California Desert Regions
California’s 25,000 square miles of desert runs from Deep Springs south to the Mexican border, and west from the Arizona border to Palm Springs and the town of Mojave. Considered California’s “Outback,” the desert regions offer warm air, unique outdoor adventures, and a chance at an escaping solitude. The area is known for its spectacular sunsets and at night, far from city lights, the stars fill the heavens in an amazing celestial show.
The California desert is one of the top outdoor recreation areas in the continental United States. Every year recreationists to the area are estimated to spend more than $230 million visiting the region and its national parks have nearly 3 million visitors annually. With the abundance of trails from which to experience painted mountains to Native American sites, hidden springs to desert tortoise, and world-famous wildflowers to herds of majestic bighorn sheep, it is no wonder travelers have long been drawn to the stark beauty of California’s desert.
Popular destinations include, Route 66, which Smithsonian Magazine named as one of the ‘10 Must-See Endangered Cultural Treasures,’ wildlife viewing of the hundreds of birds at the Salton Sea, the Ocotillo Wells State Vehicular Recreation Area with more than 80,000 acres of magnificent desert area open for off-highway exploration and recreation, and the magnificent Palm Springs.
In contrast to its harsh rugged side, the desert also offers many oasis’s of luxury. Relaxation is key at the innovative spas in Desert Hot Spring, famous throughout the world for its natural hot mineral waters. El Paseo Drive in downtown Palm Desert is often compared to Beverly Hills’ Rodeo Drive with an upscale shopping district featuring 150 boutiques, art galleries, and restaurants. Outstanding golf venues abound in Palm Springs where the pros and stars swing their irons on famous courses.
Since ancient times, many indigenous tribes have lived in the desert where life could sustain them, including the Mohave tribe for which much of the desert was named. Early European explorers saw the desert as a barrier to the more habitable West Coast but the trails they blazed can still be traced. With the discovery of gold came the miners. Establishing towns that died as the minerals played out, leaving their skeletons to become ghost towns. With the turn of the 20th century, areas with dependable water supplies gave rise to cities. Military bases took over after WWII, when General Patton rolled tanks and trained troops in the eastern Mojave. In 1994 millions of acres of desert became protected within the Death Valley and Joshua Tree National Parks and the Mojave National Preserve.
The three main deserts in California; the Mojave, the Colorado, and the Great Basin have a basin and range topography. Characterized by a series of separate and parallel mountain ranges with broad valleys, the deserts have a unique beauty in their plateaus, canyons, gorges, and vast expanses of sand interrupted only by the seeming mirages of mountain peaks. Bordered by mountain ranges and the two largest faults in California, the Mojave Desert, the high desert, has elevations that range from three to six thousand feet. Death Valley National Park, inside the Mojave, includes both 11,049-foot Telescope Peak and the lowest point in the United States, 282 feet below sea level at Badwater. The Great Basin, with its vast, rugged landscape, is an arid land broken by hundreds of mountain ranges (with peaks rising to as high as 14,000 feet), breathtaking canyons and cliffs, pine forests and aspen groves, lush-banked streams, even waterfalls and lakes. South of the Mojave is the Colorado Desert’s 7 million acres. Stretching down to the Mexican border, the Colorado Desert’s elevations run from 230 to 1,000 feet (−70.1 to 300 m) above sea level, with the lowest point of the desert floor at 275 feet (84 m) below sea level at the Salton Sea.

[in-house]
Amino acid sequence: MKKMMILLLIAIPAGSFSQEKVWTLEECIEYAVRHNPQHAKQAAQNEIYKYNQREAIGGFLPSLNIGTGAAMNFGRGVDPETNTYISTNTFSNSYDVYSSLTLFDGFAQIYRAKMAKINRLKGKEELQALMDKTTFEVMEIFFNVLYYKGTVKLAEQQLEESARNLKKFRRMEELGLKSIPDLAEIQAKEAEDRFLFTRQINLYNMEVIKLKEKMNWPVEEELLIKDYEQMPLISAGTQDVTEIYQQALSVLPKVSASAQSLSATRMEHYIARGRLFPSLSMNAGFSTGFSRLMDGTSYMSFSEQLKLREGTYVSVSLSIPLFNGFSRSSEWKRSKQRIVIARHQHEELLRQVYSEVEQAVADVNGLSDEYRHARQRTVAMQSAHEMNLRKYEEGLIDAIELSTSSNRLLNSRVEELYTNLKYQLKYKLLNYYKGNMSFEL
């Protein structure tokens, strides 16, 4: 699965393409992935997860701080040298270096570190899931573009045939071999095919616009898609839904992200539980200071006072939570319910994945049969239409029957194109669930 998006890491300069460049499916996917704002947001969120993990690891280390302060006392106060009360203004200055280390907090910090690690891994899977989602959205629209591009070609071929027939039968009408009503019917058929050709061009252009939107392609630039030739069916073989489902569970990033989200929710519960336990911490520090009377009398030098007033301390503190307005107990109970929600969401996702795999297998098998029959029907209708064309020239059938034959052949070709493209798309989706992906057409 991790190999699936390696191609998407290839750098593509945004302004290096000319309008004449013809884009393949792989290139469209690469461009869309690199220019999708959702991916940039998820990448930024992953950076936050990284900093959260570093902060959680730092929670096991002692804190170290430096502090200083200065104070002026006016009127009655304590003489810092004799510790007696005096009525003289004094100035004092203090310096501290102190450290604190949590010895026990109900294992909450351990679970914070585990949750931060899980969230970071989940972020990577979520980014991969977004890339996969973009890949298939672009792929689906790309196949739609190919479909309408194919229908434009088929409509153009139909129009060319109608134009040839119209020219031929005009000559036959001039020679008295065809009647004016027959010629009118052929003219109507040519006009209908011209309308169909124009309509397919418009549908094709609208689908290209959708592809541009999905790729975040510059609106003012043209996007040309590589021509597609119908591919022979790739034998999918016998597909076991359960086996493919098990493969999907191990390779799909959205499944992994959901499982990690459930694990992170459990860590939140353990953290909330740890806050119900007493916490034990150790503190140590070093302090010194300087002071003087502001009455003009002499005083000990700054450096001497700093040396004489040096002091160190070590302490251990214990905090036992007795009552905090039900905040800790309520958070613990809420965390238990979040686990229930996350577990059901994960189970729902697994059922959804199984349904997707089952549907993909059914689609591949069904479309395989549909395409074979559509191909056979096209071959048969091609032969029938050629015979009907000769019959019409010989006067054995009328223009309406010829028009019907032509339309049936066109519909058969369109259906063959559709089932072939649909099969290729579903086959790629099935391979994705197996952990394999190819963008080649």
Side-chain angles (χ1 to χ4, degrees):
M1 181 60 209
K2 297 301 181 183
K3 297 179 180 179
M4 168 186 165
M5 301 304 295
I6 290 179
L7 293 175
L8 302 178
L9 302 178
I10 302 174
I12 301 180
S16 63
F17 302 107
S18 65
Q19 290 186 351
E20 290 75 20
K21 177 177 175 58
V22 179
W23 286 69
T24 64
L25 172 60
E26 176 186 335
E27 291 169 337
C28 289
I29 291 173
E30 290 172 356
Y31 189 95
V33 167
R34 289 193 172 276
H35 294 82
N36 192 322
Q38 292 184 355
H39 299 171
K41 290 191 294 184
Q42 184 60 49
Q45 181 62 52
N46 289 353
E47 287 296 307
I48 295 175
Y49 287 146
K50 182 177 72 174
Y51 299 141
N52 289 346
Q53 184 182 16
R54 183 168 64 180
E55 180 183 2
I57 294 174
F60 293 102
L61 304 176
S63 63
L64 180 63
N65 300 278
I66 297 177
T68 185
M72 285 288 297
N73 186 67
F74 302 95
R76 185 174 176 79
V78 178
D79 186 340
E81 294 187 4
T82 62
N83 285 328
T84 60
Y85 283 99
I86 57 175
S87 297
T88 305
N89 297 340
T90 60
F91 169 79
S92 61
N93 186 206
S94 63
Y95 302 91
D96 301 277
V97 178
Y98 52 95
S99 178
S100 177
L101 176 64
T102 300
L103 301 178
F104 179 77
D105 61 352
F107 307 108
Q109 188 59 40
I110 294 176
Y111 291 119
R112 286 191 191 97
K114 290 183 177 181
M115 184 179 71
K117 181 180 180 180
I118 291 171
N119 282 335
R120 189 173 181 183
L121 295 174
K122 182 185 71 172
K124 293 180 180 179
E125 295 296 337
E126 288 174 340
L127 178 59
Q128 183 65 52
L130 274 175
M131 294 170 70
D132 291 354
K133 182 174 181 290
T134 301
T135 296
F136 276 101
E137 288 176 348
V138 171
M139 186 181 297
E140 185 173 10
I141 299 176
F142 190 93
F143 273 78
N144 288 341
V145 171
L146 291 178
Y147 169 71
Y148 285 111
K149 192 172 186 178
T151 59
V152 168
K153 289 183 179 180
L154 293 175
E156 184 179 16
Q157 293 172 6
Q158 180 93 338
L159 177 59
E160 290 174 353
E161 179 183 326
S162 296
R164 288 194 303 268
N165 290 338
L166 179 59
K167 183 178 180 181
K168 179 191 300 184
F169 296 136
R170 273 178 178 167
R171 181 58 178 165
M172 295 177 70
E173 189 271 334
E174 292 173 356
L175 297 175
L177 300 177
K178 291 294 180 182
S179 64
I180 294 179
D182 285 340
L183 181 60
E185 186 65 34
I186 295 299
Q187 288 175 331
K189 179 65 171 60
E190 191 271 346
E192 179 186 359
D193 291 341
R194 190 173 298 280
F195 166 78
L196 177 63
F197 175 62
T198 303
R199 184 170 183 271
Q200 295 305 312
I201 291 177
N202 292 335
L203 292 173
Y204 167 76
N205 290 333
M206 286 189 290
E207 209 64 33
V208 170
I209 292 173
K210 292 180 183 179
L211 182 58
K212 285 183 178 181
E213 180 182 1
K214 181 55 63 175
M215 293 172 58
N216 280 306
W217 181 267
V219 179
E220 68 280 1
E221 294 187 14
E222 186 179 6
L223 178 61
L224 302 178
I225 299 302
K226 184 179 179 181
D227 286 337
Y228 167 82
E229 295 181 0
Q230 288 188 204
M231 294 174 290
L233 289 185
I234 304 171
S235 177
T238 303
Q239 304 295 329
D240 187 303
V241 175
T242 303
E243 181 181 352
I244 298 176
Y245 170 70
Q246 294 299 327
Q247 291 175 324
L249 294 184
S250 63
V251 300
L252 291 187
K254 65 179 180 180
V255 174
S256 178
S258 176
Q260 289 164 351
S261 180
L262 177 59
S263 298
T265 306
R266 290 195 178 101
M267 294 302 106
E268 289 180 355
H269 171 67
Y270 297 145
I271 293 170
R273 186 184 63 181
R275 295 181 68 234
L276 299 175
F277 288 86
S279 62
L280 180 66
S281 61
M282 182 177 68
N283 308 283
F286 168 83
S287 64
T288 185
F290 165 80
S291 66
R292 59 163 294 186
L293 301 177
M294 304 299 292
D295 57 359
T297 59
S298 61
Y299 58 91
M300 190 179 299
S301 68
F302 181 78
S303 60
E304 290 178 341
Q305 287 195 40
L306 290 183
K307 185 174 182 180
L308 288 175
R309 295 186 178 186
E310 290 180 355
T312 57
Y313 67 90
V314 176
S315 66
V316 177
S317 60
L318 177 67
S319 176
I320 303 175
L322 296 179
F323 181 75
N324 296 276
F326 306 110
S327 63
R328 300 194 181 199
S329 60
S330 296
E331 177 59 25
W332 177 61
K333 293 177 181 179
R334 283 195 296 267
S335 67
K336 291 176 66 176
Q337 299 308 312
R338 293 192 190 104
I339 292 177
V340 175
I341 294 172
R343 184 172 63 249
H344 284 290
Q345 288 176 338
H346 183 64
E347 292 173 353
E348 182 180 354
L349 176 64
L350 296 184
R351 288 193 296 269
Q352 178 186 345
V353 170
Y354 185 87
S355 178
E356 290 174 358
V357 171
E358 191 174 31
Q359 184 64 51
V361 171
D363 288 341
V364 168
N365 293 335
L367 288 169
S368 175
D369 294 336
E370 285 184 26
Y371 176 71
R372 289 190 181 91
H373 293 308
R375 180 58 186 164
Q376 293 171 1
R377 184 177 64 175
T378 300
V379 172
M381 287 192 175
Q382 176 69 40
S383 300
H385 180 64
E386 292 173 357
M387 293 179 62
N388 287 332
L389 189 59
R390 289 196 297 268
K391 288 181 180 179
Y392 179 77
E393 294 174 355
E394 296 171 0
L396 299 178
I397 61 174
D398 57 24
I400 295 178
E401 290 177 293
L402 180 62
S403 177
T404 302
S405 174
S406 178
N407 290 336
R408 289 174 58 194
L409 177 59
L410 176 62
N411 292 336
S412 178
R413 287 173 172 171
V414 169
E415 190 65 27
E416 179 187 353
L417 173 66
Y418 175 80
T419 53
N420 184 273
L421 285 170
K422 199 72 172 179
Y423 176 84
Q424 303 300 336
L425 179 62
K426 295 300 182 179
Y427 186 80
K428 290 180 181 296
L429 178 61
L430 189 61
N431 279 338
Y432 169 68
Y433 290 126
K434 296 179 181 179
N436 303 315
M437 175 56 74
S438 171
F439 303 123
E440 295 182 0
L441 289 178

There is a lot more to desert weather than just heat and sunshine. Each desert has its own distinct climate with the shared characteristic of the dramatic daily temperature extremes; there is often a difference of 50° F or more between day and night. The climate in California desert areas is typically clear with low humidity. Temperatures are most comfortable in the spring and fall, with an average high/low of 85 and 50 F respectively. Winter brings cooler days, around 60 F, and freezing nights. Summers are hot, over 110 F during the day and not cooling much below 90 F until the early hours of the morning. Winds may also be quite strong in the desert and may gust well over 40 mph during any part of the year. The higher elevation deserts including the Mojave Desert, Owens Valley, and the Modoc Plateau, have hot summers and cold winters. Rain falls mostly in the winter but during the summer months the region is affected by the Mexican Monsoon which drives moisture from the tropical Pacific, into the deserts, setting off brief, but often torrential thunderstorms, particularly over mountainous terrain. Death Valley is the Mojave’s hot spot, with summer days often a blistering 120° F or more. (The record is a toasty 134° F!). It is also the dry spot, averaging less than 2 inches of rain a year in the low valley. The low deserts, Colorado Desert including the Imperial and Coachella valleys and the lower Colorado River, have hot summers and nearly frostless mild winters. The Great Basin Desert, sitting at higher elevations than the others, experiences a long, cold winter and a significant proportion of its precipitation falls as snow.